There are some job titles you just don't see very much anymore: bank teller, filing clerk...sidekick.

The TV talk show hosts keep coming — comedienne Caroline Rhea and MTV VJ Ananda Lewis, to name two — but who will be sitting next to them onstage? Most likely, no one: And as Regis Philbin has proven, that's not such a bad thing.

Philbin used to be a sidekick himself, playing sympathetic ear to host Joey Bishop in the late '60s. Then he graduated to host — well, "co-host," along with Kathie Lee Gifford, on Live With Regis & Kathie Lee.

But now that the show is just Live With Regis since Gifford left in August, it has seen a surge in ratings. And since the solo Kathie Lee seems to attract about as much attention as, say, Charles Grodin, it could be argued that Gifford was a sidekick all along. We just never knew it.

And another show is also doing fine without its former sidekick: Andy Richter left Late Night With Conan O'Brien last May after seven years as the last one in the row of guest chairs.

Richter was the anti-McMahon. Where Johnny Carson's famously jocular counterpart Ed could always be counted on for a booming laugh and a hearty agreement, Richter's passive style made him a scapegoat in the show's early bad reviews.

But in true sidekick form, Richter rallied. He sat his ground, so to speak, and grew in appeal along with the show. But even a sidekick needs to ride his own horse: With nothing but kind words for Late Night, he turned in his chair.

"I love this show, I'm proud of this show, and I'm proud of my involvement," Richter said when he left. "I didn't want to start becoming bitter about it. I thought if I stick around here I'm going to start becoming an unpleasant person, and this place doesn't deserve that."

Philbin, perhaps not thinking of his own co-host, lamented Richter's departure. "He may be the last official sidekick," he said to The New York Times.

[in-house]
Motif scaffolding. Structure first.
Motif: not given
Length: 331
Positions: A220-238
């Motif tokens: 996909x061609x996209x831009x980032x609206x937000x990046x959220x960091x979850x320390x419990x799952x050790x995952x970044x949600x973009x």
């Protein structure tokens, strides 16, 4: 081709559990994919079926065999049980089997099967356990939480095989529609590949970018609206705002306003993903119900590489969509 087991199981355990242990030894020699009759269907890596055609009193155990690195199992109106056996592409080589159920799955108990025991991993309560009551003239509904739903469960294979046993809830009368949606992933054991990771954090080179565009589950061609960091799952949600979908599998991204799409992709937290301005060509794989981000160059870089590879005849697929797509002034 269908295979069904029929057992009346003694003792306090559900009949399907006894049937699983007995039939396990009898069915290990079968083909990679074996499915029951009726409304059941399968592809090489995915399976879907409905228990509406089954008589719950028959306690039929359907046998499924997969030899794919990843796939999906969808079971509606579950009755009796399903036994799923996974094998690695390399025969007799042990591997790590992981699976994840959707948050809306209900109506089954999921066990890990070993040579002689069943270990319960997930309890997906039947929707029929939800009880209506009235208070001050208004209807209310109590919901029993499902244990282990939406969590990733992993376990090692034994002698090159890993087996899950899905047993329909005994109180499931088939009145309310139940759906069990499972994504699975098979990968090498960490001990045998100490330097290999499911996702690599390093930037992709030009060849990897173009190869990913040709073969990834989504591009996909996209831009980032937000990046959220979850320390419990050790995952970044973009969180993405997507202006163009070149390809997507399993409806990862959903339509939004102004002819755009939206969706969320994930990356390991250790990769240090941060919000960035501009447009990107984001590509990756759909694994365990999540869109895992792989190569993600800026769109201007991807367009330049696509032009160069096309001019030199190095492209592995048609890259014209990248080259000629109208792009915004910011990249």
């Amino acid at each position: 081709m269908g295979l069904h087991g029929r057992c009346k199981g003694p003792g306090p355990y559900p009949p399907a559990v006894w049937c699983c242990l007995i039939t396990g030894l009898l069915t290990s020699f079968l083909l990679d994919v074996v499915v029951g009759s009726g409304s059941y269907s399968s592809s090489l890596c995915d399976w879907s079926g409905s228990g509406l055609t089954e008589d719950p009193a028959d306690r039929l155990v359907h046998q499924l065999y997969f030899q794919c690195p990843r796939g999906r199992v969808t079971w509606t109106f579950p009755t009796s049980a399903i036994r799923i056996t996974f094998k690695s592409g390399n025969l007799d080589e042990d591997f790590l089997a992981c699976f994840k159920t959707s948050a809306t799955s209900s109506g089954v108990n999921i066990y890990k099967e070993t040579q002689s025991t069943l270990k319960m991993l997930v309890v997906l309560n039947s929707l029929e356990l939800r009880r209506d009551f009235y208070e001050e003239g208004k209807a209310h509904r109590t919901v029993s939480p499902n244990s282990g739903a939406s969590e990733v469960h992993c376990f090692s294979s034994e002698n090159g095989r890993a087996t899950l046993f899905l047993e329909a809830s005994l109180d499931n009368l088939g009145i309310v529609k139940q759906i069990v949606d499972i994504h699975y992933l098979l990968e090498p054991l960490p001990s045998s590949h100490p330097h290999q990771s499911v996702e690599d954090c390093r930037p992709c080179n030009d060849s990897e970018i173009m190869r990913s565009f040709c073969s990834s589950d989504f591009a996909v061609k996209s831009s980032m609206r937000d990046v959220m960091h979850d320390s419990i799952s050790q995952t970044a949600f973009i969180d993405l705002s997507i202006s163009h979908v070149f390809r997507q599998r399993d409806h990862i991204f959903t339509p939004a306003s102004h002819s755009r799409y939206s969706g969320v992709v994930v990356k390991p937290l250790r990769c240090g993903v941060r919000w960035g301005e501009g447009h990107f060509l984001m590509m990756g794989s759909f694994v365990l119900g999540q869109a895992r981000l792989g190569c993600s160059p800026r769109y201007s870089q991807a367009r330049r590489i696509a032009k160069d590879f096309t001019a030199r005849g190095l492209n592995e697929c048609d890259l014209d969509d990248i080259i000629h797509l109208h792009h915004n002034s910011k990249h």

So what's an aspiring joke-polisher to do? Learn a useful skill. When in need of banter or someone to mock, hosts Jay Leno, Rosie O'Donnell, David Letterman and O'Brien have long relied on their musical sidemen. And Martin Short occasionally made announcer Michael McGrath his straight man.

Trevor Rieger, a talk show aficionado who runs TVTalkShows.com, thinks fickle and indifferent audiences have contributed to the sidekick's decline. "[Without a sidekick], viewers focus better on the host, and the networks don't have to pay hundreds of thousands of dollars for 'another' talk show host," he asserts. "In this instance, money talks and sidekicks play their instruments out of the 'eye' of the camera."

It also make sense to consider the genesis of the sidekick. When Jack Paar was opening his show with jokes disguised as anecdotes in the '50s, he needed future 20/20 anchor Hugh Downs as a listener. TV was still relatively new, after all, and the old straight-man conventions of vaudeville and radio were entrenched.

Today comedy, like everything else, is faster paced and more interactive, with media-savvy audiences who don't require as much set-up. On MTV's Tom Green Show, for example, sidekicks Phil and Glenn aren't sounding boards so much as human gags prone to impromptu torture at the hands of their host.

Since leaving the Late Night nest, Richter has had a small role in Robert Altman's summer release Dr. T and the Women. An animated sitcom gig, Dog Days, got scuttled in development; but he is set to appear in Chris Rock's upcoming feature Pootie Tang.

That's not bad when you consider the career trajectories of recent sidekicks Howard Feller and Craig Shoemaker. Who are they, you ask? Exactly.